FHA Appraisals Process and Requirements
Home loans insured by FHA are a major portion of the new loan originations in the current residential market. About 30% of the new home buyers rely on FHA loans to purchase their new home. FHA home loans generally carry lower interest rates with easier qualifications when compared to conventional home loans.
Whether you are a buyer looking to seek FHA financing or a seller who wishes to make your home appealing for FHA buyers, it’s essential that you get an overview of the various factors taken into consideration during an FHA appraisal.
A good understanding of the FHA appraisal process can help you choose a property that meets all the FHA minimum property requirements to ensure a swift loan approval.
The appraisal process mandated by FHA guidelines plays a key role in the approval of a FHA loan. FHA appraisal requirements are also quite different from the standard residential appraisals. The primary differences between the conventional and FHA appraisals relate to the level of detail and scrutiny involved.
FHA appraisal guidelines have changed numerous times over the years.
Most of the changes that are currently in force were introduced via the HUD mortgagee letter 2005_ML-48.
Ordering the FHA Appraisal
Before the new rule that came into effect in February, 2010, FHA lenders were vested with the task of ordering the appraisal from an FHA-approved appraiser. Since the rule change, FHA randomly assigns an appraisal order to one of their approved appraisers active in the locality in which the property is located.
The primary objective of this newly introduced change is to reduce contact between the lender and the appraiser, thus reducing any undue influence. The current approval status of an appraiser assigned to perform your home valuation can be verified by using the appraiser search form on the HUD website.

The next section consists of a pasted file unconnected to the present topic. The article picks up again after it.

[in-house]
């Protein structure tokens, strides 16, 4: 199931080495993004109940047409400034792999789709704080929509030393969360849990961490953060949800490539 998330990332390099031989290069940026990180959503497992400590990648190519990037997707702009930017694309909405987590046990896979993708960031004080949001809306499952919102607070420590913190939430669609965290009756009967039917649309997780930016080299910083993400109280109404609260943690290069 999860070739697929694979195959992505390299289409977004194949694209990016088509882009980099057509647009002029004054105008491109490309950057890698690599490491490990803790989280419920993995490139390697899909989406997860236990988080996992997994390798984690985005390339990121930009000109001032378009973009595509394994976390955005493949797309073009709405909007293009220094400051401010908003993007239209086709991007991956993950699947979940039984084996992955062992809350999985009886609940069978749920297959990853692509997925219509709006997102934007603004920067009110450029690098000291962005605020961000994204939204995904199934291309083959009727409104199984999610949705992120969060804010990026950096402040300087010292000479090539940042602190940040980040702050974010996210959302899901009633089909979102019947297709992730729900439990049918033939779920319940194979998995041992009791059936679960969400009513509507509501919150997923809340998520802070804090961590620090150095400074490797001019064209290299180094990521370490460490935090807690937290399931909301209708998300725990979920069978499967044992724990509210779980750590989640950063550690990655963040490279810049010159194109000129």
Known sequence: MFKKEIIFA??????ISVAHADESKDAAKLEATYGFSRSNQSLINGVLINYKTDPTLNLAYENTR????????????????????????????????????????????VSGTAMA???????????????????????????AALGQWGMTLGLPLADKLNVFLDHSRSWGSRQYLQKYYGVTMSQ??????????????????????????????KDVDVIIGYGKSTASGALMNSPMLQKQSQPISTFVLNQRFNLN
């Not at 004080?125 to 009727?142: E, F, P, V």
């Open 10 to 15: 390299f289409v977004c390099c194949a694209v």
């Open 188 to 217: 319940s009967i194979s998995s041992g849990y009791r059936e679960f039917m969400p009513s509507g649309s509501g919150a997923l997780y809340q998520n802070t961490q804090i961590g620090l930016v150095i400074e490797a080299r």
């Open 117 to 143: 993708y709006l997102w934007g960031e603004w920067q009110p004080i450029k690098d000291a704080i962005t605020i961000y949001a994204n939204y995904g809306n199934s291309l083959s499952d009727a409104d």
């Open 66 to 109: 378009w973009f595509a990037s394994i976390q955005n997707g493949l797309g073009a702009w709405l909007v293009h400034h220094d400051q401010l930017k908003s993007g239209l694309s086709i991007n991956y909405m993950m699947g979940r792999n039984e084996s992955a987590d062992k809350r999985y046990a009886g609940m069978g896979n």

The first and most important step in the FHA appraisal process involves a visit to the subject property. While an appraiser may consider issues related to safety and the soundness of the property, their primary role is to ensure that the property meets the FHA property requirements. For a deeper evaluation of all issues related to your property, consult a qualified home inspector and get a thorough home inspection.
An FHA appraisal, in addition to property value determination, will check whether the essential elements are in proper order. Issues related to the roof, ventilation, mold, radon, lead and sewage will also be given special emphasis. If an appraiser determines that any of the issues mentioned before, they may need to be fixed prior to loan approval.
After completing a walk-through of the property and noting down all the relevant inputs, an appraiser will get down to the task of determining the property value. There are three approaches to arrive at a property’s fair value. They are: the cost approach, comparable sales approach and income approach.
The cost approach will arrive at a property’s value based on how much it would cost to construct a similar property as the subject property at the current market rates.
The sales comparison approach involves comparing the subject property to the recent sales of similar properties within its close proximity. Additions or deductions may be made to the comparable sales if they are not exactly similar to the property being evaluated.
As the income approach is typically used for rental or investment properties, it’s not relevant for FHA loans.
Completed FHA Appraisal Report
Besides the property valuation analysis, an FHA appraiser is also required to collect additional documentation. Drawings of the interior layout, floor plan, location map along with exterior and interior photos, street view and pictures related to highlighted issues need to be included in their final report.
The assigned FHA loan number must also be included on the full 1004 report submitted by the appraiser.
Have questions about whether or not an FHA loan is right for you? Get matched up with a loan officer and find out if the FHA loan program can help you today. Start here!